Hookup Culture an "Aspirin for Loneliness"

by Adriana Watkins

 

On April 12, a large group of Boston College students filled a Merkert lecture hall. They were there to hear Fr. Paul McNellis, S.J., speak about the landscape of modern college sexuality, in a talk entitled, “The Hookup Culture: Here to Stay?”The lecture came at what McNellis considers an important moment, as the normalization of transient sexuality has made hookups “just one [more] lifestyle choice.”

The talk was addressed to three principle audiences, whom McNellis specified at the outset—those outside the hookup culture who are considering participation, those in the hookup culture who are experiencing doubt, and those who have no plans to join it. The group whom McNellis felt would least understand his lecture were those who enjoy the hookup culture with no current regrets. 

            

The trend of casual sexuality, once “edgy” and rebellious twenty years ago, “almost seems normal” on today’s college campuses. McNellis noted several popular claims that hookups are compatible with Jesuit spirituality, or that they empower women—he cited in particular Hanna Rosen’s controversial article “Boys on the Side.” These strong affirmations, McNellis said, are motivation enough to examine the reasons why a person turns to one-night stands.

            

Among the most powerful motivations for participating in the hookup culture is the conviction that the college years are not “real life.” McNellis said many students feel that their actions before graduation will have a relatively fleeting impact on their adult lives. In the name of “self-discovery” and pleasure, then, the consequences of a hookup seem small.

            

Beyond simple enjoyment, students might use these brief encounters to cope with feelings of emptiness or isolation. McNellis called this tactic “an Aspirin” for human disconnection, and claimed that, at least in theory, “[A hookup] takes the edge off loneliness.”

            

The professor argued that a hyper-sexual culture may take the edge off of other things as well—edges which were not necessarily harmful. Intensely physical, impersonal relationships “make [a student] immune to being charmed and enchanted.” Says McNellis, “It’s more in control not to be.”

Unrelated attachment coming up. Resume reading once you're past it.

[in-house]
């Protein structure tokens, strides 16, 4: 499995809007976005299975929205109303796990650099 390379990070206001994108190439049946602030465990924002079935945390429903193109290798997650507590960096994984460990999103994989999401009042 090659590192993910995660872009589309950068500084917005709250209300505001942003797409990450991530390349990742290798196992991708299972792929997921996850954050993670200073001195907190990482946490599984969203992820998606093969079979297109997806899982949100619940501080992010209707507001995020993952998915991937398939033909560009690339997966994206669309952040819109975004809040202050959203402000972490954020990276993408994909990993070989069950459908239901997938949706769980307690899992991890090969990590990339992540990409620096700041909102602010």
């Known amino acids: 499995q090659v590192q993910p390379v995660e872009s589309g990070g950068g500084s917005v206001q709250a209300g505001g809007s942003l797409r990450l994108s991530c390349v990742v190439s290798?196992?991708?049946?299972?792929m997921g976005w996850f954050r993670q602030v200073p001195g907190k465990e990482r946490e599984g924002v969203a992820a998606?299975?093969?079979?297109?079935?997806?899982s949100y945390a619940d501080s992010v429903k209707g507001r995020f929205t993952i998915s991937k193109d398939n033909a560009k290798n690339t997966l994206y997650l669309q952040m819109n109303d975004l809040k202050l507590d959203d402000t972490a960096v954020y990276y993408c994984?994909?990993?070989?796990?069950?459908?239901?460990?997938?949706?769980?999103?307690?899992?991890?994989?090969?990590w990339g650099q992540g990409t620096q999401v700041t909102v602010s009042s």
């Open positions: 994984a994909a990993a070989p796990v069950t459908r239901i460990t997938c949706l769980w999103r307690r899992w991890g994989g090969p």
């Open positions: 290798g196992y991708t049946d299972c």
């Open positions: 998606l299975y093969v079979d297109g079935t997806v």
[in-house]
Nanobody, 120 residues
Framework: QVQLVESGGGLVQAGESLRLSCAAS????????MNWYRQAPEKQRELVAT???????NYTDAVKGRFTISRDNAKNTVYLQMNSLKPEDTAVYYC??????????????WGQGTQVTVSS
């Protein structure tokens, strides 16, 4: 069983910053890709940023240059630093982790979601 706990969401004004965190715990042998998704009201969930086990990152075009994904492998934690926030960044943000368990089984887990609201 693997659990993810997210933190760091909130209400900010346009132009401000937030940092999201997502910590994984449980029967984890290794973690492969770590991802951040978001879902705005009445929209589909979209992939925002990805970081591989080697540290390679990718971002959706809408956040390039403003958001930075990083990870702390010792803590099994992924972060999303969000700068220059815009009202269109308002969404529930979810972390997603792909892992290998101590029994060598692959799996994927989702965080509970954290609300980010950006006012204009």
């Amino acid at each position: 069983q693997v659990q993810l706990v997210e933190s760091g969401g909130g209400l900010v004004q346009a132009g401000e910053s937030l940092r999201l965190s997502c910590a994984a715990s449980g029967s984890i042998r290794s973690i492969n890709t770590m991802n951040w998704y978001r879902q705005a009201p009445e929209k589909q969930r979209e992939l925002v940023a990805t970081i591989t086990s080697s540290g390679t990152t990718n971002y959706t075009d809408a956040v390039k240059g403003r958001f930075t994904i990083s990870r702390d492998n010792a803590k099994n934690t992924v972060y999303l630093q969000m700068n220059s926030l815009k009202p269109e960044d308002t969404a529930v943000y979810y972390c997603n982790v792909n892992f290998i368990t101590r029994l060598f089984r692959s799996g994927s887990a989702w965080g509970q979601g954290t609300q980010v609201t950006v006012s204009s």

A student active in the hookup scene risks growing so used to temporary connections that he or she develops “emotional and moral cataracts.” If they are later interested in a serious relationship, they may find it difficult to become used to the reality of commitment and the appreciation of the whole person.

            

McNellis also made the point that, contrary to some feminists’ assertions, women are not empowered by the hookup culture. He said that many female students find the culture debilitating, a perspective best illustrated through individual stories.

             

One young woman confided that, after many brief physical relationships, “I believed that no man would marry me unless he had had sex with me.” The centrality of sex on the college scene is not a mindset easily dispensed with, and for this student, it began to color her self-perception.

            

A male student, whose girlfriend pressured him into physical intimacy, admitted, “Now, I just look at every girl the same way.” 

 

McNellis argued that the hookup culture causes students to lose sight of their peers’dignity. Women are objectified and often forget their dignity, while men avoid maturity, rarely considering the type of husband and father they will likely become in the future.

            

Despite the grim picture, McNellis expressed a hope that the situation can improve. “[The hookup culture is] the most joyless quest for pleasure I’ve ever seen,” he said, adding that he believes most students desire a deeper human connection. He recommended decreasing time spent on social media and electronics, while increasing time spent in face-to-face interaction.

            

“The connection you really want is conversation,” he said. 

            

McNellis’s emphasis on organic, in-person connection recalls Professor Kerry Cronin’s advice in her popular “Save the Date” talk, given every February. Her social philosophy was adapted into a movie called The Dating Project, which played in select theaters April 17.

            

McNellis acknowledged that the attempt to revive a constructive, respectful dating environment is an uphill battle. He called the culture of hookups, divorce, euthanasia, and abortion “the only moral ecosystem [most of you] have ever known.” This was not a reason to despair, he added. 

            

“You have to be a better swimmer,” he said.

 

Featured image by Rev. Paul McNellis, S.J.


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